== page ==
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I am trying to set my mind on the PMI rails, but absolutely can't get the order in which a project manager asked to prepare a project charter prior to steps in the planning process group like collecting requirements, defining a scope and estimating costs.

I understand that in a project charter it is only necessary to give a high-level outline of a project, not going too deep into details. But reality and past experience say that once I will write somewhere a budget $10000 and delivery time 1 month, they will stay as that, even though, a calculator feature, defined in the project charter, in a scope statement will appear as a calculator with artificial intelligence that explains why 2+2 is 4, - interactively, with illustrations.

Where am I going wrong? Should I really start defining a project from the project charter rather than planning stage?

Thanks

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Before you start planning, someone has an idea demanding a project to realise it.

To have a general understanding about this idea and the major constraints you (or someone else) create the project charter. From my point of view: Doing this, the planning process is started also.

Keep in mind that PMI references huge companies and huge projects. Maybe the planning person can not talk to the idea generator all the time. So it might be a good idea to write down the major aspects to be able to look them up from time to time during the planning process.

  • I think a problem here is the legal weight of the project charter. In case the project charter is only to outline general ideas of the project and not to create legal boundaries to the contractor, then this makes sense. But, usually, in outsourcing customers stick to the very first word you give, disregard of further scope changes and clarifications. – Tural Mamedov Jan 3 '16 at 12:28
  • That's right. Nur you can work ob the customer relationship, e.g. by providing probabilities rather than hard numbers or by defining a milestones to finalise the requirements. – Tob Jan 3 '16 at 13:49
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Project Charter is about what do you want to do and why? The main things in Project Charter are business case (why) and objectives (what). Other details are your initial idea about how to achieve objectives.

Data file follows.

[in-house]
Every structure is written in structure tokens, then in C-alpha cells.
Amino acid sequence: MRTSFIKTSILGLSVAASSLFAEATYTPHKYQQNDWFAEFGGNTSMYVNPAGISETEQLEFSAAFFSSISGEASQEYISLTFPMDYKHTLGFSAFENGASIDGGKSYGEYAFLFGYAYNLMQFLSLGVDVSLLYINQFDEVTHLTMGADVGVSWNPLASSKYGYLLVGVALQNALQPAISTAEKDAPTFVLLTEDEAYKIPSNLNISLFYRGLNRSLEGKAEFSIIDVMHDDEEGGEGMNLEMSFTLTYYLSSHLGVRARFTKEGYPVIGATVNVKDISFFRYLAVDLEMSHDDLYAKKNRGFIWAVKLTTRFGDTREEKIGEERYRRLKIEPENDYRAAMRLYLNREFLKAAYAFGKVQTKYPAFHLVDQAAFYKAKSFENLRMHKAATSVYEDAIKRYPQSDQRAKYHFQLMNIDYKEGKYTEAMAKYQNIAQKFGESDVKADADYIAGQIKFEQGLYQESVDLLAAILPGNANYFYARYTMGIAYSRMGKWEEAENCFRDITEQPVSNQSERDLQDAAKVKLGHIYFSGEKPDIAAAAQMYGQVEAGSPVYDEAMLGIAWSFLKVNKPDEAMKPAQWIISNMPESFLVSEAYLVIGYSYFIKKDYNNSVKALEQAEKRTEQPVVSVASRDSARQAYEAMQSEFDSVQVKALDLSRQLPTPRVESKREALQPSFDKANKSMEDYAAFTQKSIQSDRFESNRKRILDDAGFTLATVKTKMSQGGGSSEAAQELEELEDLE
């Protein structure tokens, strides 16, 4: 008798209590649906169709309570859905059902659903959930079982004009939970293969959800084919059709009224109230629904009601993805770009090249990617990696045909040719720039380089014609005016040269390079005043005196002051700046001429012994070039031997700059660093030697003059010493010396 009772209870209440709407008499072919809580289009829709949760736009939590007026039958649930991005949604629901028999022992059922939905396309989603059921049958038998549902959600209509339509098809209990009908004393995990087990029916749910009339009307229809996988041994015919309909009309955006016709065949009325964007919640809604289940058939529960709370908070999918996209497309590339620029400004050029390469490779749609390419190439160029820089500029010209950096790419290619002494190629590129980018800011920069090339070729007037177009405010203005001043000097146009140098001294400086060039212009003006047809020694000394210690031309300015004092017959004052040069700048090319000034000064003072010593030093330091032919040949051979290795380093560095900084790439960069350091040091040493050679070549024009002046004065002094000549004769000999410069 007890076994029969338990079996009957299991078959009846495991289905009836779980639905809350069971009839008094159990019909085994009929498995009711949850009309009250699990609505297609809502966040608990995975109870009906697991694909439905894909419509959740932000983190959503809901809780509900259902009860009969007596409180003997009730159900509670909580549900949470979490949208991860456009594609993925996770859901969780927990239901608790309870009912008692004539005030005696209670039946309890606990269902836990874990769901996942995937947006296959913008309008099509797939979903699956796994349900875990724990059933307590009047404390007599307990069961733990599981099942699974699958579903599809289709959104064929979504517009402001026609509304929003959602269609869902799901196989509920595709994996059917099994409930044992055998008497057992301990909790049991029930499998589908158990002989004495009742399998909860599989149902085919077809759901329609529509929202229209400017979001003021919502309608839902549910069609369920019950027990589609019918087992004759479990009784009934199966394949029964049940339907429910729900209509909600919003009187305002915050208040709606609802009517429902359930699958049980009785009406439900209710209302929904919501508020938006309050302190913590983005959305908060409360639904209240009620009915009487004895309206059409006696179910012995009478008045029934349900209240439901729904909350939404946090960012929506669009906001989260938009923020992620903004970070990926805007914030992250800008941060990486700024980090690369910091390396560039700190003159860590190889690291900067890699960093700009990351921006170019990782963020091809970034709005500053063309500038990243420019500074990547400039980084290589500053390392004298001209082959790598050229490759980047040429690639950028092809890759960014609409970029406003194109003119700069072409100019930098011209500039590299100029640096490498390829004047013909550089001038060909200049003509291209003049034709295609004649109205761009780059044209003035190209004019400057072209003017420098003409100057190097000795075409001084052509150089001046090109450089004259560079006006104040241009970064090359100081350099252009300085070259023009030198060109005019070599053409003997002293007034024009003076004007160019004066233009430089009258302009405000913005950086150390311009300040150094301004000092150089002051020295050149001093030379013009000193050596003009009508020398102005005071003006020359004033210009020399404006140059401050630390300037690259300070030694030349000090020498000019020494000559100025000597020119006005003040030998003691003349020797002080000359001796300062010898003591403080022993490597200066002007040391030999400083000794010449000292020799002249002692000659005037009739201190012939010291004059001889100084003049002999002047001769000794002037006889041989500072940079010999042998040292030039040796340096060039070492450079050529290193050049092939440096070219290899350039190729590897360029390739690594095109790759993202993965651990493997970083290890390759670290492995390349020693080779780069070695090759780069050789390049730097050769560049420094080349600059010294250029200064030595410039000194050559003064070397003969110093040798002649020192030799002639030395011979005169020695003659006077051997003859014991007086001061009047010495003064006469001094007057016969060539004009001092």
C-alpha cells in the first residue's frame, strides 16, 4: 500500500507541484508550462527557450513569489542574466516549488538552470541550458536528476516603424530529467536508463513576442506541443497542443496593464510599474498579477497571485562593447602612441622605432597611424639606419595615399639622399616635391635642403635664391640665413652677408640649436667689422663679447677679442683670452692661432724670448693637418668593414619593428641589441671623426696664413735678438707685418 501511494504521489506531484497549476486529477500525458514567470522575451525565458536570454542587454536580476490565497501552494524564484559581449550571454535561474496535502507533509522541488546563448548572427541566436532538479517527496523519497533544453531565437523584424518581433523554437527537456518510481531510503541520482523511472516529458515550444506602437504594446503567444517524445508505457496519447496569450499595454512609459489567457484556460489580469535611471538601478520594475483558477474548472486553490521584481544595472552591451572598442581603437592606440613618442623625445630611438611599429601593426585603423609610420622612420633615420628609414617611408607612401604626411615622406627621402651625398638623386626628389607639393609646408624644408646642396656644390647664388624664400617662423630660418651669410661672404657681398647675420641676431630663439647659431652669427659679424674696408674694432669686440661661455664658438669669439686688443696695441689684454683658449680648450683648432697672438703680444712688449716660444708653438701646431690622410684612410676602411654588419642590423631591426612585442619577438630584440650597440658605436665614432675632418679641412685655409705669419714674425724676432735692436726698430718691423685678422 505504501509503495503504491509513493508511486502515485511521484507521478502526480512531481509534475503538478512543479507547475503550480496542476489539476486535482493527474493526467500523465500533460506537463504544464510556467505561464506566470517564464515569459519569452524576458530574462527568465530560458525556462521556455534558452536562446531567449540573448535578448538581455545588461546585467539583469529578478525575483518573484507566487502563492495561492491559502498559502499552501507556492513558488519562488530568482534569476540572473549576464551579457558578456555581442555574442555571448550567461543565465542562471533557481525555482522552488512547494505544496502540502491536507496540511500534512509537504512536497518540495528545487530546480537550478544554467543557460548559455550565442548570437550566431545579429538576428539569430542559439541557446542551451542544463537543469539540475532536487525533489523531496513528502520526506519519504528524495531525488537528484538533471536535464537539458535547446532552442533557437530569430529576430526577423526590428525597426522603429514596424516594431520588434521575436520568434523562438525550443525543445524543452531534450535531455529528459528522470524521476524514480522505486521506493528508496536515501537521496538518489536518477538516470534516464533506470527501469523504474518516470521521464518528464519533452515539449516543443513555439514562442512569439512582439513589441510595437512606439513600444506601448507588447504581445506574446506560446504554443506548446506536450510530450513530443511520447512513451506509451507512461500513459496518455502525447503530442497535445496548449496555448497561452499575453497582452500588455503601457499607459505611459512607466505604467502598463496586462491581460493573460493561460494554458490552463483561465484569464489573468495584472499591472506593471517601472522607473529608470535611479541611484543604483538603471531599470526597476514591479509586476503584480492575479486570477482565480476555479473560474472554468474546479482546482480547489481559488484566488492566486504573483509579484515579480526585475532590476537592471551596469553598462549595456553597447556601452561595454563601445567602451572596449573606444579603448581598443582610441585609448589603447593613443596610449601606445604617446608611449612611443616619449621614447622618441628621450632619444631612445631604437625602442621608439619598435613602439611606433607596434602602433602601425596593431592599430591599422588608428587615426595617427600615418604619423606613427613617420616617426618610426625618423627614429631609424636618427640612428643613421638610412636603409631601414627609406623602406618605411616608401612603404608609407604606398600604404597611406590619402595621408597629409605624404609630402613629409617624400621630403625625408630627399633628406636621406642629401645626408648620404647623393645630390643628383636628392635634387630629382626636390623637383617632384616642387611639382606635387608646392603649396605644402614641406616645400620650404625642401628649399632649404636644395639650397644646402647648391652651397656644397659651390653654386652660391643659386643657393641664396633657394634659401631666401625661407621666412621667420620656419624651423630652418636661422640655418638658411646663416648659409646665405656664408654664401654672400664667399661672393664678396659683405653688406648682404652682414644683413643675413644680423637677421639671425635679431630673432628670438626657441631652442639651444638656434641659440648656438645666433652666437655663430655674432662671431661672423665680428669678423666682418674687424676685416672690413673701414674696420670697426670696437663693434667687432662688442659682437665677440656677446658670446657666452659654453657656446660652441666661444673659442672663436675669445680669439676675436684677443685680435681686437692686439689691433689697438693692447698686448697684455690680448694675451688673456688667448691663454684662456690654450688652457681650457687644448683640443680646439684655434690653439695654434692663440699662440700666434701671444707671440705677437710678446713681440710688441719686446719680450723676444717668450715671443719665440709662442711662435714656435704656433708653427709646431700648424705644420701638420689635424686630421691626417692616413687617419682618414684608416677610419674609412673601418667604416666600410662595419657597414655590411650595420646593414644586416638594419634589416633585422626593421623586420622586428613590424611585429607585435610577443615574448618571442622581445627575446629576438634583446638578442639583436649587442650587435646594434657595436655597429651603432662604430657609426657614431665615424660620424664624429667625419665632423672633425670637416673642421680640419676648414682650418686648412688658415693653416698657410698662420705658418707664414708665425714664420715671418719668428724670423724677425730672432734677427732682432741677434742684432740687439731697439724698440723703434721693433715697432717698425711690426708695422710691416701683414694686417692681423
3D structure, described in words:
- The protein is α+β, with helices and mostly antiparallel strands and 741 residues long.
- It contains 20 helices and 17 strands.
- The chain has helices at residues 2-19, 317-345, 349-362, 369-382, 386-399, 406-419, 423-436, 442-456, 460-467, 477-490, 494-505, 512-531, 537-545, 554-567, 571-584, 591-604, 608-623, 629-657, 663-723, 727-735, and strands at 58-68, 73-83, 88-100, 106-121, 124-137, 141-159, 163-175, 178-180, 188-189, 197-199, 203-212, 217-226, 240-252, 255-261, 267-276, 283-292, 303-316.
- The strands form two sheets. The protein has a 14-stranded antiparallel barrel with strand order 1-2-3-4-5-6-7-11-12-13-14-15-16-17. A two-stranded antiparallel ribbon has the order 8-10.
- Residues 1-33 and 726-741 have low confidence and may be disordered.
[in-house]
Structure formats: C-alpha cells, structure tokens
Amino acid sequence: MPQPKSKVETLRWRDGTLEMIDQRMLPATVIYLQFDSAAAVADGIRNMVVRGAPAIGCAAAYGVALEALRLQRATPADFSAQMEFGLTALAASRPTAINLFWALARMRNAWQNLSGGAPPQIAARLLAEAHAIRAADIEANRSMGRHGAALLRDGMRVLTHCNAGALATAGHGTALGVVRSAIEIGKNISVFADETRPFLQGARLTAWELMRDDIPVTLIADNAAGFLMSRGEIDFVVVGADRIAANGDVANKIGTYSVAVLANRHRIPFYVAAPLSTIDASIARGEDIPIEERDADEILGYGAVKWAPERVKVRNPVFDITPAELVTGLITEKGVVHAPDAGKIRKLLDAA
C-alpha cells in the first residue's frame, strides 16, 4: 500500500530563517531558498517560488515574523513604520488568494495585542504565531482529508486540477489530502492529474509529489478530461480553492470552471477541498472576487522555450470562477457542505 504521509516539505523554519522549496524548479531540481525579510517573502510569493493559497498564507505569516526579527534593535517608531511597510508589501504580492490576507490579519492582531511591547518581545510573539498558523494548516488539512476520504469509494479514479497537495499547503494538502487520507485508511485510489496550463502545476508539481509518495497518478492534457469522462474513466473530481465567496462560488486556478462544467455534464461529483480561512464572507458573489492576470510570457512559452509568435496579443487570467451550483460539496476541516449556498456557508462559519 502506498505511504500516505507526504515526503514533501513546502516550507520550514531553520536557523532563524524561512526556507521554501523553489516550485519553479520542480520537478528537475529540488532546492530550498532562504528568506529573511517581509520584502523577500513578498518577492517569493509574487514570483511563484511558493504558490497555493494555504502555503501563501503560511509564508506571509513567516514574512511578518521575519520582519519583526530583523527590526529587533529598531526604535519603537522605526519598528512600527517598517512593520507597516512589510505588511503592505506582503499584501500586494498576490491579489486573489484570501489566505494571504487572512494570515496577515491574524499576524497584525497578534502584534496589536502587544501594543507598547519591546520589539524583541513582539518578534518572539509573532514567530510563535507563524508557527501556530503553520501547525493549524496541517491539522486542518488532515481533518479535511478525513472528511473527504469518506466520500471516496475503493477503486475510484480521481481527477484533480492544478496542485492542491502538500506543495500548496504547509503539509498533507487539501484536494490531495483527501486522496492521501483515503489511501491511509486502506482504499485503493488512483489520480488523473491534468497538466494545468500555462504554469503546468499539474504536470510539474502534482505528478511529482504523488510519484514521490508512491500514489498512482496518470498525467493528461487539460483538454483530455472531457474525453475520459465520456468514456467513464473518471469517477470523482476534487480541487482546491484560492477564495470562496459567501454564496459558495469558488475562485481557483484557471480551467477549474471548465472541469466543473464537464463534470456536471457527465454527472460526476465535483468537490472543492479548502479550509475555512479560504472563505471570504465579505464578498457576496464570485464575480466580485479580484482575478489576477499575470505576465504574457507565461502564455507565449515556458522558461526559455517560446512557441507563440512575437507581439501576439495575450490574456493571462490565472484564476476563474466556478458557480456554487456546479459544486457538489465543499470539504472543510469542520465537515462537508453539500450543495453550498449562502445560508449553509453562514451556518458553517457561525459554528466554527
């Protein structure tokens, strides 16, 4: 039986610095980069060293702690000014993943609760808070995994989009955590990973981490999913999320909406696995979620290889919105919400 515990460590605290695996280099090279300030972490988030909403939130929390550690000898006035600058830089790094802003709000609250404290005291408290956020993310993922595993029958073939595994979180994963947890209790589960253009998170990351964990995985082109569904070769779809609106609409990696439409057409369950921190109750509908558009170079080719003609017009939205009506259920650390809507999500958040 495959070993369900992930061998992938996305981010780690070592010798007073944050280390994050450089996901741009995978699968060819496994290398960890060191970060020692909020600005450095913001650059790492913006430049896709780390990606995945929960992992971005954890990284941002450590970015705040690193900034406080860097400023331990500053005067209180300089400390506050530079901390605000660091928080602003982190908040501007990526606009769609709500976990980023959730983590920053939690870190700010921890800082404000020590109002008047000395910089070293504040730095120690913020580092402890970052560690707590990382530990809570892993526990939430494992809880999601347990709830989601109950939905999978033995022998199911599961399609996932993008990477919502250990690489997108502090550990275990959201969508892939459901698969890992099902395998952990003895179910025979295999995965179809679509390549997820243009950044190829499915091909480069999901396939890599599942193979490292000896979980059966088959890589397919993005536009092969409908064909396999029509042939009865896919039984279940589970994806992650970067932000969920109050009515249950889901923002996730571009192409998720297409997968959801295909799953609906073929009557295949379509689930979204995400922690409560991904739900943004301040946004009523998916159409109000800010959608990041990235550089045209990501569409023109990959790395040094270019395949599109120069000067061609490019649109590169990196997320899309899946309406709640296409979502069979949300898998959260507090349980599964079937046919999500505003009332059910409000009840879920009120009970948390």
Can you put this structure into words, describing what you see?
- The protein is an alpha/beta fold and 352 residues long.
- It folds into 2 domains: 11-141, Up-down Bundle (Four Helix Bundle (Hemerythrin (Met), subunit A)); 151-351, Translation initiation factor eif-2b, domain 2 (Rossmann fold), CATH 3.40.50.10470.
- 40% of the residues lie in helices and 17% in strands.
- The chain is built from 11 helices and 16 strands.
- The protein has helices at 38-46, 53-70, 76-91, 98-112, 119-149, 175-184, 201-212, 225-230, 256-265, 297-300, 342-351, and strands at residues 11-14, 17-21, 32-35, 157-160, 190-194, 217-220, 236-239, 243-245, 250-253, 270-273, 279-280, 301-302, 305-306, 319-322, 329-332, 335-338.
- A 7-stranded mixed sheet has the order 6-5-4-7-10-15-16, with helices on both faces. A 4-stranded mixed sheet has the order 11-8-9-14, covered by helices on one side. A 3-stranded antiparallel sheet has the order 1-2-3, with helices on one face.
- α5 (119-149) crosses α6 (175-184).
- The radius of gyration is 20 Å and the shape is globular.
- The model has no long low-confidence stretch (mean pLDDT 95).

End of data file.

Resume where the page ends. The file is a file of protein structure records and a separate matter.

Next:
Until you know what you want to do and why, you cannot have your scope, planning etc. All projects start with an estimated time and budget even if you are not sure if you can achieve project objectives in that time and budget. Until you commit a date and cost to your customer, you customer may not give you the project to execute. This is how life is. Therefore risk management and stakeholder management are required.

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A project charter has a high level synopsis of the the project. It usually includes a milestone schedule, high level requirements and overall budget. But, it is not created to describe the project. Rather it is created to authorize the start of the project.

To answer your specific Q, consider that you have to make arrangement for a wedding. You will not take on this project if you do not know the wedding date (milestone schedule), high level requirements and an overall budget. But requirements & budget can change as you plan the wedding.

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Great question.

The project charter is high level and it should be addressed like that. The challenge is when you give definitive estimate at this stage then your client may tend to hold you to that.

A better approach would be to give a rough order estimate which is something like; based on the initial project description, it will take 6 months - 50% +100%. This means that after enough planning has been done, it may take just about 2.5 months (-50%) to complete this project or it can go up to 10 months (+100%).

As we are dealing with high level details, your estimates (time, cost, resources etc) would be high level also. More information will be gained during planning and execution then your estimates can be reviewed.

Michael Effanga

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